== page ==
Full cell vehicles are two to three times more efficient than conventional vehicles. The propulsion system of a fuel cell vehicle is completely different to conventional vehicles, and unlike conventional vehicles, fuel cell vehicles produces no harmful exhaust emissions. Fuel cell vehicles are fueled with hydrogen and the only emission from a fuel cell vehicle is water. Fuel cell vehicles are still at an early stage of development.
Fuel Cell - The Basics of Fuel Cell
Fuel cells harness chemical energies of oxygen and hydrogen to produce electricity without the need of combustion and generating no pollution. The only byproducts of a fuel cell are heat and pure water.
Cars, trucks and buses can be powered by a fuel cell. Fuel cell powered vehicles will be more energy efficient and cleaner than vehicles powered by internal combustion engines.
How Does a Fuel Cell Work?
Fuel cell generates electricity through an electrochemical reaction between hydrogen and oxygen. A hydrogen-containing fuel and air are used as sources of hydrogen and oxygen.
There are many components in a fuel cell power system. The heart of the fuel cell is the stack. The stack is composed of many thin and flat cells sandwiched together. There are a number of different materials in each cell. Layers referred to as catalysts, are responsible for initiating the chemical reaction which produces electricity.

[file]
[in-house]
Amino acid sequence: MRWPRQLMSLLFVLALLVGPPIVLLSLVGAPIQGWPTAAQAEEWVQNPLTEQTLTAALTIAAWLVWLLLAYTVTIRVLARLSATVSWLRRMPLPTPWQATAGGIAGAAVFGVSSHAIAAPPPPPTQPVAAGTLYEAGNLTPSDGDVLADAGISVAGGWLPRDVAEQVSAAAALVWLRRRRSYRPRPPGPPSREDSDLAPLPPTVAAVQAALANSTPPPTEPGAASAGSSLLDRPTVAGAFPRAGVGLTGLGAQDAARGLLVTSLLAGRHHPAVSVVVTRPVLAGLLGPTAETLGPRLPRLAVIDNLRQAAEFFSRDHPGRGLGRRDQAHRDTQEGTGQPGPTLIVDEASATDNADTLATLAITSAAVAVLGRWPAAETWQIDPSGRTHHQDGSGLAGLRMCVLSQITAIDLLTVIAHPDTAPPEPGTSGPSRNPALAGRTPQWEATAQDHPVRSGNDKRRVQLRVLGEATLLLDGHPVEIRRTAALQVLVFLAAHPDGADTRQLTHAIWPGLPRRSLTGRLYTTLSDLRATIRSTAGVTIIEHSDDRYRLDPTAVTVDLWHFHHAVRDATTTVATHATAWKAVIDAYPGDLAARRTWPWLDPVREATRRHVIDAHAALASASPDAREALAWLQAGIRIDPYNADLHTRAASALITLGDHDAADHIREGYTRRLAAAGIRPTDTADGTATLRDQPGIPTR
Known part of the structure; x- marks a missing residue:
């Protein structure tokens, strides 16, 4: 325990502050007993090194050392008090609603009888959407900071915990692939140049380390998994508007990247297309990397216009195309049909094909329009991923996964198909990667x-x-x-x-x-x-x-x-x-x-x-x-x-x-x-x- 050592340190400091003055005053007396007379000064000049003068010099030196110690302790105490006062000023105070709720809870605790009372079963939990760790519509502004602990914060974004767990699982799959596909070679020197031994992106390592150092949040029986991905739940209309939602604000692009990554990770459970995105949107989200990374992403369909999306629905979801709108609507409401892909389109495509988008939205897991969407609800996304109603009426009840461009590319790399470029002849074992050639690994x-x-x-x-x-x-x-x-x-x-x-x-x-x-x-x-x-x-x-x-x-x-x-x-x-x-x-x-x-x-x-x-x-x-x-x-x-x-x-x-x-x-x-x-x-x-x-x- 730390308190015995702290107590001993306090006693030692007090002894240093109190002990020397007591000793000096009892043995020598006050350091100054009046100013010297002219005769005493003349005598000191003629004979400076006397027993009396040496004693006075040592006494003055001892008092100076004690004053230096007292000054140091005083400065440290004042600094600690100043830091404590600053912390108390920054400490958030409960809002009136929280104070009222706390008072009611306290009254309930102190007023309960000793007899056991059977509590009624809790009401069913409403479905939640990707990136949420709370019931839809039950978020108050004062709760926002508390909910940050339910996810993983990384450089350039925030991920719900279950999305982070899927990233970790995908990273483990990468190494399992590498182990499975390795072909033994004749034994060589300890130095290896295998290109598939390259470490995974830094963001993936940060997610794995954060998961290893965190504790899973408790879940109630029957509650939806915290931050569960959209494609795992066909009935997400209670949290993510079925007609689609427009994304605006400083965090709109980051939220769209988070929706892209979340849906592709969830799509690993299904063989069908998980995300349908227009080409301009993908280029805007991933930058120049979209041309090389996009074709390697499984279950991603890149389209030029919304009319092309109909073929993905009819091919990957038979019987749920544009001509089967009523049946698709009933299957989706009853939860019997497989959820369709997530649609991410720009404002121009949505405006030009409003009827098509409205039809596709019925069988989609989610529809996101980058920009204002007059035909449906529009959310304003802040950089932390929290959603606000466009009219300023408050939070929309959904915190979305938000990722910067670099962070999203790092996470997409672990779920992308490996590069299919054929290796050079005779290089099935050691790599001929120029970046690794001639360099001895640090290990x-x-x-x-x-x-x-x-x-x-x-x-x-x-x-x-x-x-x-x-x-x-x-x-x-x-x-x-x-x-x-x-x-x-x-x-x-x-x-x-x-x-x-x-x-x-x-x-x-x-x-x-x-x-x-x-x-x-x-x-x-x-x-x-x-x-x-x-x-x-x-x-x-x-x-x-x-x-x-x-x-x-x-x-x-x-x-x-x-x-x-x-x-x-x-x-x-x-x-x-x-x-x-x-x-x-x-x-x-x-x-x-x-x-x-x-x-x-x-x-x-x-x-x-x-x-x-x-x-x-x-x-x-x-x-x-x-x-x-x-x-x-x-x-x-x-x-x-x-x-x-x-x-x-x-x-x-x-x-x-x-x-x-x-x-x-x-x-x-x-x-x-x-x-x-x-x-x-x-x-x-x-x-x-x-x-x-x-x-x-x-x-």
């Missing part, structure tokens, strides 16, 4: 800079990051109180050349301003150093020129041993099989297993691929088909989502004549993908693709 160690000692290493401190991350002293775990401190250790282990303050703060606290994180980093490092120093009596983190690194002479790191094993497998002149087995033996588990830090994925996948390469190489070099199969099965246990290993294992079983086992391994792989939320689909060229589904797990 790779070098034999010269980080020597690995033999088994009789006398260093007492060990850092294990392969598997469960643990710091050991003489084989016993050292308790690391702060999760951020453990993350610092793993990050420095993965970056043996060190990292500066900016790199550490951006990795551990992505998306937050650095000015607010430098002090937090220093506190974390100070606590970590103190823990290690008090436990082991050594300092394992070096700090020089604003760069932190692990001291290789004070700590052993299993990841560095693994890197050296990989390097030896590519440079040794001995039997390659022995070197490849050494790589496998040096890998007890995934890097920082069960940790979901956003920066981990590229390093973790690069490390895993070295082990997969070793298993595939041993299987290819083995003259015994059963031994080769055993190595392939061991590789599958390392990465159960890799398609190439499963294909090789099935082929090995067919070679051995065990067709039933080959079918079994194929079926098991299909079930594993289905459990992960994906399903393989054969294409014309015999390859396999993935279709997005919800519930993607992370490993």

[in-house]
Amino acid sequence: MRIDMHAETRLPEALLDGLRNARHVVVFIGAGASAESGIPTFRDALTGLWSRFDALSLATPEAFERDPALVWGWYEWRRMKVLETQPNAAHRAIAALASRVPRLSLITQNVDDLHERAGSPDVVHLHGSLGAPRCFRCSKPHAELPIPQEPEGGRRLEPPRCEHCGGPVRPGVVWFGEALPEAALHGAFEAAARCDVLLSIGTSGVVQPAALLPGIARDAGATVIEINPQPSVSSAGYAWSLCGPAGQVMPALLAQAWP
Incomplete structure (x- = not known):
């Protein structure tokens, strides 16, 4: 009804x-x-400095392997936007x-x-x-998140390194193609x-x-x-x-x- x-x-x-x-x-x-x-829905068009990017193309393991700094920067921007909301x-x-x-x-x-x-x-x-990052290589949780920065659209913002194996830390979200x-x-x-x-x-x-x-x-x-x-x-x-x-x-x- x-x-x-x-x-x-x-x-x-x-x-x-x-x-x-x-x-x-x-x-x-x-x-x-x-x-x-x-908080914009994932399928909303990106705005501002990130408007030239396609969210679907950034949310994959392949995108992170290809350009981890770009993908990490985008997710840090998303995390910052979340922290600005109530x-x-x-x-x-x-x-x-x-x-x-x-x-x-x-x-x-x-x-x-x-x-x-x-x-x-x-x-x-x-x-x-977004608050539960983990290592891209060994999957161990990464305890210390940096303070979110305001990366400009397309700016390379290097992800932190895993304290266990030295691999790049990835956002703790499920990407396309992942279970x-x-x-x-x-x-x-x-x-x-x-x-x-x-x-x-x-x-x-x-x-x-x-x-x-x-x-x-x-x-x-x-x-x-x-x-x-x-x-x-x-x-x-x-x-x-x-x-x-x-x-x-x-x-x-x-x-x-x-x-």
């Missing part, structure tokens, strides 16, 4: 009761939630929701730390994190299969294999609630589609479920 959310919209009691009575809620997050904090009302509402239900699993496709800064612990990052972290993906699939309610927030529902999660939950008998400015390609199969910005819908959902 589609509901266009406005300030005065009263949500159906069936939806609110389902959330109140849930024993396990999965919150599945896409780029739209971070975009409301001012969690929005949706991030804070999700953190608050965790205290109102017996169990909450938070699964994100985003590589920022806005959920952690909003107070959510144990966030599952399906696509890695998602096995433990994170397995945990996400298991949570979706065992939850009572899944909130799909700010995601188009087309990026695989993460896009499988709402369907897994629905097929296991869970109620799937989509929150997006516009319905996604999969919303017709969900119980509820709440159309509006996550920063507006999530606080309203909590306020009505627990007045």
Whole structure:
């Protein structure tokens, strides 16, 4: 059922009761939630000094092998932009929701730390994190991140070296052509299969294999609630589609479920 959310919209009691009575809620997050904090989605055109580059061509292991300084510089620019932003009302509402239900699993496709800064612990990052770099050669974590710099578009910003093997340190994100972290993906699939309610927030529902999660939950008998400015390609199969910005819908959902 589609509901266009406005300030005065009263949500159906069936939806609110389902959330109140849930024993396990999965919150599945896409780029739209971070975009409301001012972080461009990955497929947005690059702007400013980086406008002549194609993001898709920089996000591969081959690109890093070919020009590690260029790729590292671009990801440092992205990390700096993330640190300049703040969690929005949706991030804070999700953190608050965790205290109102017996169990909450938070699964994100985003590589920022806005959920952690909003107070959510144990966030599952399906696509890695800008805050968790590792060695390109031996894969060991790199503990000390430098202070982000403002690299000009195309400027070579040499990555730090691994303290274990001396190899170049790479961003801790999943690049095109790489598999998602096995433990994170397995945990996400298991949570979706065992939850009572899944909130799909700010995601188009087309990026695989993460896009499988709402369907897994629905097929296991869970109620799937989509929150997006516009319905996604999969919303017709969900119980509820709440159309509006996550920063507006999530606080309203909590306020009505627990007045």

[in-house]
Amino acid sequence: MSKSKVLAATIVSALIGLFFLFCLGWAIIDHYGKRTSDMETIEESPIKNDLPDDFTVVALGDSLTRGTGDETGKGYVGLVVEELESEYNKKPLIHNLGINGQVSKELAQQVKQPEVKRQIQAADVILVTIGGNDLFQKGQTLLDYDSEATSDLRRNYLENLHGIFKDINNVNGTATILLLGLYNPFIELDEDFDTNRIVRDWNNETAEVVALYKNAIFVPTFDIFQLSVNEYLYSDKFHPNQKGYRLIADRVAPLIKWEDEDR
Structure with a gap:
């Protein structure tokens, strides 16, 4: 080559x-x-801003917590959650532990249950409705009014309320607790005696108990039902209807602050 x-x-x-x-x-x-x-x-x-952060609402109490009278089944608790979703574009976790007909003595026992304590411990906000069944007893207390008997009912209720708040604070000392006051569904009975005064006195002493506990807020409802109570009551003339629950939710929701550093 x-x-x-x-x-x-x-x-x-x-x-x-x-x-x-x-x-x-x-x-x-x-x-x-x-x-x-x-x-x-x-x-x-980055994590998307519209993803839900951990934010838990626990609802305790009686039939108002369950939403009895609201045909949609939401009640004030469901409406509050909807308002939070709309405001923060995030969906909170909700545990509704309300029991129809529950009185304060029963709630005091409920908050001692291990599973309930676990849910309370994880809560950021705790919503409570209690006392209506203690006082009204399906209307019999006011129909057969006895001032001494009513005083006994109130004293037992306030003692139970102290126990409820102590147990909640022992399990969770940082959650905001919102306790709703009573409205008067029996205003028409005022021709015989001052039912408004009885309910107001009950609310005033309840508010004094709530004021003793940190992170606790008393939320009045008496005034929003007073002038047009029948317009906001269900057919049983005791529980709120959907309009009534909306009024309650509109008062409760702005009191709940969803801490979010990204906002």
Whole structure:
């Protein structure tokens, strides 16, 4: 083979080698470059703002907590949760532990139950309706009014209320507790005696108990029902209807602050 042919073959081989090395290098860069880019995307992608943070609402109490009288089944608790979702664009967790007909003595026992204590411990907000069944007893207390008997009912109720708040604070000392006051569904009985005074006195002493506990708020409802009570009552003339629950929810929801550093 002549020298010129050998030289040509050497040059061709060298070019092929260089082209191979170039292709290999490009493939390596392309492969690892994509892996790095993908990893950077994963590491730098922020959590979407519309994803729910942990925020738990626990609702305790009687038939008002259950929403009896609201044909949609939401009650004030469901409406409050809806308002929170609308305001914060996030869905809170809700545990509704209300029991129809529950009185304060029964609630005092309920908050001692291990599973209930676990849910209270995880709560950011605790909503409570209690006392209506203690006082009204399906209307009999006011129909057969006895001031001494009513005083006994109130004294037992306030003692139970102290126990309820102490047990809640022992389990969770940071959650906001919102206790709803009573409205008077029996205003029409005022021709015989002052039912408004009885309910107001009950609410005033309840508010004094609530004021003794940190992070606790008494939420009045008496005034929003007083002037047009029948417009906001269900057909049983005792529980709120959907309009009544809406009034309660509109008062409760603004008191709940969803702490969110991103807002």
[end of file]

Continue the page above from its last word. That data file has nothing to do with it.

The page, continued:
Hydrogen from a hydrogen-containing fuel moves through the cell and come across the first catalyst layer. The release of protons and electrons in the catalyst produces electrical current which powers the vehicle. The protons then travels through the electrolyte to the second catalyst layer where the hydrogen reacts with oxygen from air to generate water. The water produced can be gathered and reused within the system. However, a tiny amount is released as water vapor through the exhaust system of the vehicle. Each cell produces electricity, and the output of all the cells is combined to power the vehicle.
Comparison between a Combustion Engine and a Fuel Cell
Less than 20% of the energy in gasoline is converted into power in the internal combustion engines of vehicles today. On the other hand, fuel cells can capture up to 60% or more of the fuel’s energy to power a vehicle.
The other advantage of fuel cell is that it creates zero emissions and the only emission from fuel cell vehicle powered using hydrogen is water vapor. Fuel cells can also run on any hydrogen-rich gas or liquid as long as the hydrogen-rich gas or liquid is suitable for process.
Last update: 9th February 2008